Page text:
Consultation continues to prepare DB schemes to be less reliant on sponsors as the sector matures

Key points 

  • The Pensions Regulator is consulting on a new funding code for defined benefit schemes
  • The ‘twin track’ approach is designed to be more flexible for complex schemes and to reduce the reporting burden on others
  • The regulator wants schemes to publish clear journey plans explaining how they will close deficits and secure member benefits
  • A delay to the consultation deadline is being considered because of the COVID-19 pandemic

The Pensions Regulator (TPR) is considering extending the consultation period for its proposed new funding code for defined benefit (DB) schemes, in light of the COVID-19 pandemic.

David Fairs, executive director of regulatory policy at TPR, said in a recent video interview with consultancy firm LCP that the regulator was aware that trustees, employers and advisers “might not have the time to fully focus on all the issues” in the consultation, given business continuity issues and the recent huge moves in some asset prices.

More information on a possible extension would be provided “in due course”, Fairs said in the video, which was circulated to LCP clients and the media in April.

The consultation – the first of two – was initially due to close in June. Implementation is slated for 2021, and there has been no indication from the regulator that this date will change.

Those expecting a rethink on some questions may be disappointed. Fairs stated that “many of the principles” set out in the consultation were just as valid as they were before the current crisis hit.

“What we have noticed is that schemes that have practised fully integrated risk management have come through this crisis in much better shape than those who have not,” Fairs said. “Many of the principles issues that we raised in that consultation are still absolutely relevant.”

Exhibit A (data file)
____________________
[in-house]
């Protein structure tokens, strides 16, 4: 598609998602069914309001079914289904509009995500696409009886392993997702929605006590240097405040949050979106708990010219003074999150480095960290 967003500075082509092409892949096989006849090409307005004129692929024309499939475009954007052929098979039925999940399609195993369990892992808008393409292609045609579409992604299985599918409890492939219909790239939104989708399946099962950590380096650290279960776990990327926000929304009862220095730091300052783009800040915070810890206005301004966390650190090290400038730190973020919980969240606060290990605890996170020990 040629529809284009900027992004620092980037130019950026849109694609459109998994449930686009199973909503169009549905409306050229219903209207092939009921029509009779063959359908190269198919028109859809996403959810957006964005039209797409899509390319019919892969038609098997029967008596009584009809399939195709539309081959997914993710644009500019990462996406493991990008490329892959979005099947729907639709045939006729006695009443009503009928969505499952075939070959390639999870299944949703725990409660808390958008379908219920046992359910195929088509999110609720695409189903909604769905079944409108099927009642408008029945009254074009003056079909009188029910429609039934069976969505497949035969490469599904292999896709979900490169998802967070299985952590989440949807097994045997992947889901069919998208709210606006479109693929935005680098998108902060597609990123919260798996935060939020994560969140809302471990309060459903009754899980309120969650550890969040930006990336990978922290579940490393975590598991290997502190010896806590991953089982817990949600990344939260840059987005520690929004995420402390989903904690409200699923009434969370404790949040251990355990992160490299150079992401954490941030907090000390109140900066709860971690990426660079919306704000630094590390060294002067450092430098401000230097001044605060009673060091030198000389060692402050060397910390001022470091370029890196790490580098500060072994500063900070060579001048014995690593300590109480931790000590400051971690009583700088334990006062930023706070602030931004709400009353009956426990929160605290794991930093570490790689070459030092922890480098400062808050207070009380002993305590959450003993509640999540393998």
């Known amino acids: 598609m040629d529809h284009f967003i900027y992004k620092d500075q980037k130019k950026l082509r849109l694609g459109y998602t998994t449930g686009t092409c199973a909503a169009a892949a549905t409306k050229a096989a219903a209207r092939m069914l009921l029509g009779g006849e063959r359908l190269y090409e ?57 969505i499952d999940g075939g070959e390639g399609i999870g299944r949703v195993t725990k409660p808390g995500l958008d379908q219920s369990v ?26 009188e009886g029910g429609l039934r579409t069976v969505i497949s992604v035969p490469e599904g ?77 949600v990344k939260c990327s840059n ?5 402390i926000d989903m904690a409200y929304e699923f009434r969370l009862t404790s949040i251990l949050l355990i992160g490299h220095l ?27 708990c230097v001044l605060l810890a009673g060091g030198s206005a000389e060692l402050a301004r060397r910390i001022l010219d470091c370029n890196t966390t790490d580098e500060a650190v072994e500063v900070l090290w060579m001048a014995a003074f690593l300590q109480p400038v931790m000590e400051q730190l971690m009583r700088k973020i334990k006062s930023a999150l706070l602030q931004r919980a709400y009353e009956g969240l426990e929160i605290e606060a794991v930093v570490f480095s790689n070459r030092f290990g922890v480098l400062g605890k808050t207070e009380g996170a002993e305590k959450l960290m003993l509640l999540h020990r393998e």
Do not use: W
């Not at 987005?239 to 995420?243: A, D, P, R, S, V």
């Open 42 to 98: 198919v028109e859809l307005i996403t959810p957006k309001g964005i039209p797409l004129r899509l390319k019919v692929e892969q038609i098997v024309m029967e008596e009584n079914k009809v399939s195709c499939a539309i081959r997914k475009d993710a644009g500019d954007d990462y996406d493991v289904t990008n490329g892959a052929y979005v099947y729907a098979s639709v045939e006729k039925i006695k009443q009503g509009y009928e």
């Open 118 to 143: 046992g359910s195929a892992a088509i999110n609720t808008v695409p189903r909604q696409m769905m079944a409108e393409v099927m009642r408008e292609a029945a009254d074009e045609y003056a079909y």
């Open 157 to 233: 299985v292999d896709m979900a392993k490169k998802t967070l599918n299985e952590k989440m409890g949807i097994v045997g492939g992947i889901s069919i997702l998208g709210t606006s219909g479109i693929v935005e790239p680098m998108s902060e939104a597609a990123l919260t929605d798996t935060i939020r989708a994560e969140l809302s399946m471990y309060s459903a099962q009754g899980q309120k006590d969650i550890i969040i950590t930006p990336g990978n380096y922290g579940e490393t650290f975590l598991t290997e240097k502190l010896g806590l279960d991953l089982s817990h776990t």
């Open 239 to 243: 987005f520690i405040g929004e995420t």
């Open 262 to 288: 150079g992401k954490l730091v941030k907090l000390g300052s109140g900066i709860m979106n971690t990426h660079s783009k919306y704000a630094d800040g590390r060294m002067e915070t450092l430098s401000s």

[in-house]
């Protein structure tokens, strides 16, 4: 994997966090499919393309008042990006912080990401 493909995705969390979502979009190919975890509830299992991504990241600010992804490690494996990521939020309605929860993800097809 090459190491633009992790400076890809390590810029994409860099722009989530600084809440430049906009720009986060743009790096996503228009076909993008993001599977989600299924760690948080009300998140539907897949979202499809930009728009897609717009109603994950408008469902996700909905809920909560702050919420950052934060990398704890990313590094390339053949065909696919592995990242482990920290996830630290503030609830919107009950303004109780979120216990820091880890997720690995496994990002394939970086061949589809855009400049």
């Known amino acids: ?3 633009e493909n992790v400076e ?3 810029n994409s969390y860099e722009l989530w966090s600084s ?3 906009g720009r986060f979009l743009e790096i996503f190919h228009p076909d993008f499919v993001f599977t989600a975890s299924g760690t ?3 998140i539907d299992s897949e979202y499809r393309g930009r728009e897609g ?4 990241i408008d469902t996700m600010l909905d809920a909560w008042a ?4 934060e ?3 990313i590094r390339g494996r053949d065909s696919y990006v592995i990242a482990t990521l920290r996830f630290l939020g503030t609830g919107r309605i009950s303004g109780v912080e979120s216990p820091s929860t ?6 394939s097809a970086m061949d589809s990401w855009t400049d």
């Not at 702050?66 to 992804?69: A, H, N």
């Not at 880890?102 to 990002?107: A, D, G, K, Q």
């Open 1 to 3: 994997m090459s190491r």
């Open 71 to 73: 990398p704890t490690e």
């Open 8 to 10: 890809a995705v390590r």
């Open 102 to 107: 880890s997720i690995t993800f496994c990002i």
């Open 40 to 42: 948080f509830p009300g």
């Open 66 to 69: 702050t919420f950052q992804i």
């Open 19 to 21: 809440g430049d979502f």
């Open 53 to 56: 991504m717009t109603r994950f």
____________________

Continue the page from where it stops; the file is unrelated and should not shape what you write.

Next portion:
Chief among those principles is a requirement for every scheme to set a long-term objective, usually to reduce the reliance on employer contributions and investment returns to pay benefits. 

Once that objective is set, trustees can then formulate a ‘journey plan’ setting out how they intend to reach that objective.

The changing DB landscape
The regulator decided to revisit its approach to defined benefit (DB) scheme funding last year after analysing the demographics of the sector. Most private sector schemes are expected to be “significantly mature” in the next 15-20 years, according to Fairs, with three-quarters already paying out more in benefits per month than they receive in contributions – or cashflow negative – according to Mercer.

To ensure schemes properly prepare for this development, TPR has proposed a ‘twin-track’ compliance approach to valuations. Trustee boards will be able to choose either a ‘fast track’ or a ‘bespoke’ approach to scheme valuations.

To qualify for the fast track, schemes will be assessed on a quantitative basis on areas such as the length of recovery plan, dependency on employer contributions, investment risk and journey plan.

Those that do not meet the regulator’s requirements will go through the bespoke approach. Schemes can also choose this option if they feel their situation requires more attention from the regulator.

TPR says trustees going down the bespoke route “will have to submit more supporting evidence on their approach, including how they propose to manage additional risk, and may receive greater regulatory scrutiny”.

The covenant risk question
The consultation has five main themes: long-term planning; employer covenant assessment; investment risk; recovery plan structuring; and treatment of open DB schemes.

Each scheme will be expected to set out a long-term objective, specific to its situation, that aims to achieve full funding with a low dependency on its sponsoring employer. This plan should be “prudent”, TPR says.

The regulator is seeking feedback on “the extent to which the employer covenant should remain a key aspect of scheme funding”, given its intention to reduce schemes’ dependency on their sponsors.

Tom Neale, head of integrated risk management (IRM) at TPT Retirement Solutions, expresses surprise at the regulator’s proposal to reduce the impact of covenant risk.